The spike in sexual assault within Purdue Greek life has led sorority women to create an Instagram account and LinkTree website to expose rape and its trivialization on-campus.
The initial focus on Greek Life led some upset Purdue Exponent followers to Facebook, where they asserted “what’s going on is … rich kids drinking and screwing…” Or that it was “singling out one issue and turning a blind eye to the others.”
This pattern of movements lacking intersectionality at inception is nothing new. As women’s studies professor at George Washington University Ashwini Tambe explains, despite sexual violence being an intersectional issue, “white women’s pain … is centered in popular media coverage” (177). A fact corroborated by the Women’s Suffrage Movement or the 2017 MeToo movement which centered on white women.
Nonetheless, these movements spurred successive intersectional goals. Likewise, the #MeToo Purdue movement broadened their focus on Oct. 1, explaining their advocacy for sexual violence campus-wide.
This response expanded their original concern for the euphemistic “rich kids” “drinking and screwing,” that “[turned] a blind eye to … others.” Even yet, the original intent was beneficial due to Greek life’s systemic issues.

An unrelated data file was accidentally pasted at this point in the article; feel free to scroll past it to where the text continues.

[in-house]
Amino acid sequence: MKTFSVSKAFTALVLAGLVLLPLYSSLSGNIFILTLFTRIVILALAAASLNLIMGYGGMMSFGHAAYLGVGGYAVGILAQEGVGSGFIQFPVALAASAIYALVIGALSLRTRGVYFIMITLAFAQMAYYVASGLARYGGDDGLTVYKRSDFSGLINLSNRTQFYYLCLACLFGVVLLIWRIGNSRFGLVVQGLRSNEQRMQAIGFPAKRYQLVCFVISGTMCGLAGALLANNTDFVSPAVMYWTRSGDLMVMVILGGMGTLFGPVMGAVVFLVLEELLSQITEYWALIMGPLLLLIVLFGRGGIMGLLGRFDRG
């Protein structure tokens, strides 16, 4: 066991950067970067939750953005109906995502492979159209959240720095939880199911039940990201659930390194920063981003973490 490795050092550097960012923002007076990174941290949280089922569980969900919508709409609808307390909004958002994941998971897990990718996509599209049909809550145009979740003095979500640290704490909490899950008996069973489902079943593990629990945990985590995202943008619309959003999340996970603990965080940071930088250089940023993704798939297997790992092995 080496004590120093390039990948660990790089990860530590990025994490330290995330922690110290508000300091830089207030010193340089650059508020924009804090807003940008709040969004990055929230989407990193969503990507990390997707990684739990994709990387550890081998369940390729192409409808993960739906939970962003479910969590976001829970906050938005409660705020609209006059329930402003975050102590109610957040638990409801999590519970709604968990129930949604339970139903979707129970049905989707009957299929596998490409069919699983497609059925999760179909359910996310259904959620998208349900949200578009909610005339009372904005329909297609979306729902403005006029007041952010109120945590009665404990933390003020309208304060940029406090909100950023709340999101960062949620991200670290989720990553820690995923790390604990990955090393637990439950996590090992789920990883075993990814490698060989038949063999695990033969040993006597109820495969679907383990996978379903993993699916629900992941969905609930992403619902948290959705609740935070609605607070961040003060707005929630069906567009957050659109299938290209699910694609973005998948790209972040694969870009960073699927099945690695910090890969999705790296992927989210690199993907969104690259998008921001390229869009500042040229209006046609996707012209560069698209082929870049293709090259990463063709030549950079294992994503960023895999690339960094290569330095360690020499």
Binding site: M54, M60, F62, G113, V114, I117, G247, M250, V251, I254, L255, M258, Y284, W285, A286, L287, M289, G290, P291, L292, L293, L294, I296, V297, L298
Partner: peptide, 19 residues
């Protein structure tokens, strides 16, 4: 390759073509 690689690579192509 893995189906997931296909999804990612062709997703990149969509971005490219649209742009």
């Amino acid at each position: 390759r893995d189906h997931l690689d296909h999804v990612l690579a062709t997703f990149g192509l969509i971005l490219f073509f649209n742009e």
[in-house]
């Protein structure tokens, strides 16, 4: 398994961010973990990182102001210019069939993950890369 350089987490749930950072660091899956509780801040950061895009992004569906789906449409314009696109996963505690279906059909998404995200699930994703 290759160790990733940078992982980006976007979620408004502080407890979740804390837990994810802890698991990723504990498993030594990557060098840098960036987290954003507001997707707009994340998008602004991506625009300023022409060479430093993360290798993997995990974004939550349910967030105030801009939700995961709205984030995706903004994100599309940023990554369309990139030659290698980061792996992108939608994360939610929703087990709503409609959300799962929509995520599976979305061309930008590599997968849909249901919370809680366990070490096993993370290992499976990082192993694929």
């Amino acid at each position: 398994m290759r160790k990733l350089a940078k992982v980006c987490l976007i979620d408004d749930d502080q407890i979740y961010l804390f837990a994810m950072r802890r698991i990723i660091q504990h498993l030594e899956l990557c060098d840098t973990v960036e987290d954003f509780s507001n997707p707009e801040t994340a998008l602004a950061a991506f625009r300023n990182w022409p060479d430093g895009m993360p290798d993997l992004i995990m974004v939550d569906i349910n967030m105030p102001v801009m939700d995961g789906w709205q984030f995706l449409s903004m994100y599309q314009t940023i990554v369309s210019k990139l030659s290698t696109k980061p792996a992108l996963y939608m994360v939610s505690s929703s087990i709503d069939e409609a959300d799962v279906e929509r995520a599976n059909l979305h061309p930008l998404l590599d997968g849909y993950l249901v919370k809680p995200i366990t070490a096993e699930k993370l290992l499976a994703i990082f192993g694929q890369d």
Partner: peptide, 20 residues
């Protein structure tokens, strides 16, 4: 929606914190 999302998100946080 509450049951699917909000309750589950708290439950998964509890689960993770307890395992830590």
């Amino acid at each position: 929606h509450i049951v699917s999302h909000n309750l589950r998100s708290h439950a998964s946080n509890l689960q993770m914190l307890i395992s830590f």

Sororities to this day have policies that perpetuate sexual violence. All sororities affiliated with the National Panhellenic Council are not allowed to throw parties in their houses, forcing them to function at fraternities, thereby placing sororities at the will of fraternities in party settings, even in alcohol distribution.
As Tambe’s previously referenced piece explains, sexual violence often occurs when perpetrators have power over the victims (177). This party setting power play in Greek life is why “men in fraternities are three times more likely to commit sexual assault.”
Ultimately, while the movement’s inclusivity efforts are important, Greek life’s antiquated policies aggravate sexual assault internally. To achieve the change the Purdue movement seeks, we must revise the system.
-Reagan Sanders, College of Liberal Arts